Altered Frequencies upgrades music experience for July 4 concert series

Breakfast Cigarette guitarist and vocalist Matt Oschmann, 24, sings at Altered Frequencies July 4 weekend concert series.

Abraham Mahshie – Contributing Writer

Concert promoter JimBo Ledford, 43, daughter, Danni, 10, and son, Gunnar, 6, enjoy Franklin band Breakfast Cigarette Friday night as part of Altered Frequencies’ “Red, White and Rock You” concert series July 4 weekend.

Local plumber and entrepreneur JimBo Ledford said “Red, White and Rock You” to ill-attended past festival attempts, throwing a July 4 weekend concert series with a fully operational bar, upgraded and covered outdoor seating, a reoriented stage and the alternative music experience that is his vision for Franklin.

The local and international lineup included the Japanese metal band Pinky Doodle Poodle and local progressive blues rock group Breakfast Cigarette, filling a hillside seating area with families with children, young adults in collared shirts and work boots and older rockers with long grey hair, in shorts and sandals. 

“The universe is providing,” Ledford said about contributions and ownership buy-ins that helped him install a security system, upgrade the outdoor bar and ramp, make outdoor bathrooms operational and install card readers to help adhere to liquor sales requirements.

The approximately $12,000-$15,000 of additional investment was necessary, Ledford said, after the disappointing showing of his rain-soaked “Springtopia II” festival in April, which lost money. It also meant making the concerts free and foregoing sponsorship. The entire venue holds about 185, with 100 in the seated, outdoor area.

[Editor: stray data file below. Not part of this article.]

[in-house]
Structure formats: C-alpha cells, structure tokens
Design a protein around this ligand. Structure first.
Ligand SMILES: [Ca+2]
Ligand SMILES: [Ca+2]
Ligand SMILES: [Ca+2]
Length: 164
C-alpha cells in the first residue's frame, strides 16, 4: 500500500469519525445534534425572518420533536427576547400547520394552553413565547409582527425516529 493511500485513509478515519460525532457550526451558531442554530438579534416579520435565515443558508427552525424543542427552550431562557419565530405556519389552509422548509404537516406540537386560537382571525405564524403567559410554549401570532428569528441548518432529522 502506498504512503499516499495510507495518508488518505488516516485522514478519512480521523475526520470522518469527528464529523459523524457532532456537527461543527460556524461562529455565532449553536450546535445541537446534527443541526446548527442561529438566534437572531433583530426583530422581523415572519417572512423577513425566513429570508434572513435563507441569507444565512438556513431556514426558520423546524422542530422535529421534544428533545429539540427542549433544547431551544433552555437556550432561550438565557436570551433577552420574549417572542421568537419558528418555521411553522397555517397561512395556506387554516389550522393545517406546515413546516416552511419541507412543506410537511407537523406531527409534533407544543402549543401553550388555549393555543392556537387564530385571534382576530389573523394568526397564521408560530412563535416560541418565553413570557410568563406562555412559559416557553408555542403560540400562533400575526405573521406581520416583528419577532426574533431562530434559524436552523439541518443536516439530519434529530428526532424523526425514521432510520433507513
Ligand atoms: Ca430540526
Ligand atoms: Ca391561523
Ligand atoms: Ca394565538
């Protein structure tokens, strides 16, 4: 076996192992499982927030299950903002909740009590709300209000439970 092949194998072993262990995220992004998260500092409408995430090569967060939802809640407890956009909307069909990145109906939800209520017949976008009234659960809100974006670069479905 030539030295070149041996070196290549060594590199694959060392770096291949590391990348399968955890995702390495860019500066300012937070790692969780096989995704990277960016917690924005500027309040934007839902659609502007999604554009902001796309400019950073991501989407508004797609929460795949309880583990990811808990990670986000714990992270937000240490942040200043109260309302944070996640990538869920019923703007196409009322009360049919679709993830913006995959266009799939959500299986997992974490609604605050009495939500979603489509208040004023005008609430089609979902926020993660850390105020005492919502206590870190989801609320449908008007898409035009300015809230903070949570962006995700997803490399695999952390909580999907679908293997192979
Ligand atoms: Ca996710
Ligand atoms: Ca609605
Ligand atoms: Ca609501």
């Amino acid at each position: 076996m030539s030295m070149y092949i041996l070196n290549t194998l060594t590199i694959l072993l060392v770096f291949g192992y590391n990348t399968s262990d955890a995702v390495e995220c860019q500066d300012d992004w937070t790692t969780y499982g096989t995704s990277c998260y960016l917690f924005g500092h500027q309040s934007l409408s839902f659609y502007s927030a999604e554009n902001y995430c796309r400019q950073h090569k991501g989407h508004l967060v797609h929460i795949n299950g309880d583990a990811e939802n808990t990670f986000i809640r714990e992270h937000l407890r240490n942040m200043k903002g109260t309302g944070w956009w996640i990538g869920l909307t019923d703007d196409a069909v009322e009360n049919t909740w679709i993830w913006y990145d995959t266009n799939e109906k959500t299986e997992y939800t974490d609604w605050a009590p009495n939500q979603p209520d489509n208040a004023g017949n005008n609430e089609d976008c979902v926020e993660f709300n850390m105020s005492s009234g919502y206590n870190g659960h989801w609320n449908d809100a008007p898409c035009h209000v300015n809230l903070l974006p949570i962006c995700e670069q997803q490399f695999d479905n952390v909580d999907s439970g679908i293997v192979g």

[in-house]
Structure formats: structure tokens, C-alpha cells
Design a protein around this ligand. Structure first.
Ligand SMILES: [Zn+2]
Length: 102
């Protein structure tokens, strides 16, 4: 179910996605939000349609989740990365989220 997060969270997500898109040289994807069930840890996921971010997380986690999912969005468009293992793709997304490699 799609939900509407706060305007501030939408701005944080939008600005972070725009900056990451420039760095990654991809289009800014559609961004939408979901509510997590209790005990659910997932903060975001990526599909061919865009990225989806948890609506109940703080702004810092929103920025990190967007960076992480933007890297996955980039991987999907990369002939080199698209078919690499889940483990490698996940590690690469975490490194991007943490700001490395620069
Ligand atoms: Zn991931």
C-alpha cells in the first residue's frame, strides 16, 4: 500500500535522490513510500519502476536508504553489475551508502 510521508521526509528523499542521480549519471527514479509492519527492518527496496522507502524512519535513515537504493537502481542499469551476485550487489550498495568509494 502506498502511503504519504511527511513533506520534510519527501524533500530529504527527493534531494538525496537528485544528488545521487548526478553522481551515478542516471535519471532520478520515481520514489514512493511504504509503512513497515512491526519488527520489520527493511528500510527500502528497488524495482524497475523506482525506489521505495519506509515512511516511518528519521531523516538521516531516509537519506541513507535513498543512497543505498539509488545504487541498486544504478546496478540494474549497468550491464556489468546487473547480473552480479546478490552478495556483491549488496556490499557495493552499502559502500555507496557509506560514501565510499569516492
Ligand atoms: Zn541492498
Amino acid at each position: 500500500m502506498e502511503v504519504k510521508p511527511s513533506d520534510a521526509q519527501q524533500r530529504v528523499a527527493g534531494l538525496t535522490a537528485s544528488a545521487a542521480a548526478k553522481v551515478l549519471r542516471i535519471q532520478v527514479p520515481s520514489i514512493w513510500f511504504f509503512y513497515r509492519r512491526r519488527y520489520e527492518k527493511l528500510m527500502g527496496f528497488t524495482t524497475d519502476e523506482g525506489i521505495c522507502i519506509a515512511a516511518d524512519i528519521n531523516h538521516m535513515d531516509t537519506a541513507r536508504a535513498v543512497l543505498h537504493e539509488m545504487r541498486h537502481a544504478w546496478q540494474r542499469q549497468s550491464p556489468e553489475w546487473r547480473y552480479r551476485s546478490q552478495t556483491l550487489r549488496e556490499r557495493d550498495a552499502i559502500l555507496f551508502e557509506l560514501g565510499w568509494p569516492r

“I was very, very, very happy with this weekend,” he said. “You struggle with no audience and empty chairs and you start to lose hope after a while, and this weekend just brought a lot of that hope back.”

Ledford plans for his seven-day a week club to offer outdoor concerts every weekend with a cover of $3 to $10. Upcoming bands include the White Oak Splits and David Childers, and another music festival planned for Halloween.

“We’re really kicking it up,” Ledford said of the level of talent that he is bringing to Franklin.

Not one to steer away from an opportunity to challenge the norm, Ledford is bringing Micro Wrestling to Franklin.

“We’ve got the midget wrestlers coming Aug. 8,” Ledford gleefully announced. “Yeah! People are excited.”

Venue for local bands

As Friday’s headliner, Breakfast Cigarette, played and dusk fell in the mountain scene behind the newly re-oriented stage, people began to file into the venue. Ledford jumped up to greet each group as they arrived.

Local flautist Ivor Sparks, 65, joined the group for songs at the start of the set, while Ledford’s girlfriend, Melissa Spencer, 27, registered new club members on an iPad from the upgraded stageside bar.

Meanwhile, Macon County solid waste director and Ledford supporter Chris Stahl served “Ellis Island” drinks (a Long Island iced tea with sour, grenadine and blue Curaçao) for $4 at the indoor ’Da Club at AF, Ledford’s converted living quarters turned bar, which now has all the trappings of classy Carolina, including chandeliers, wood tables and chairs.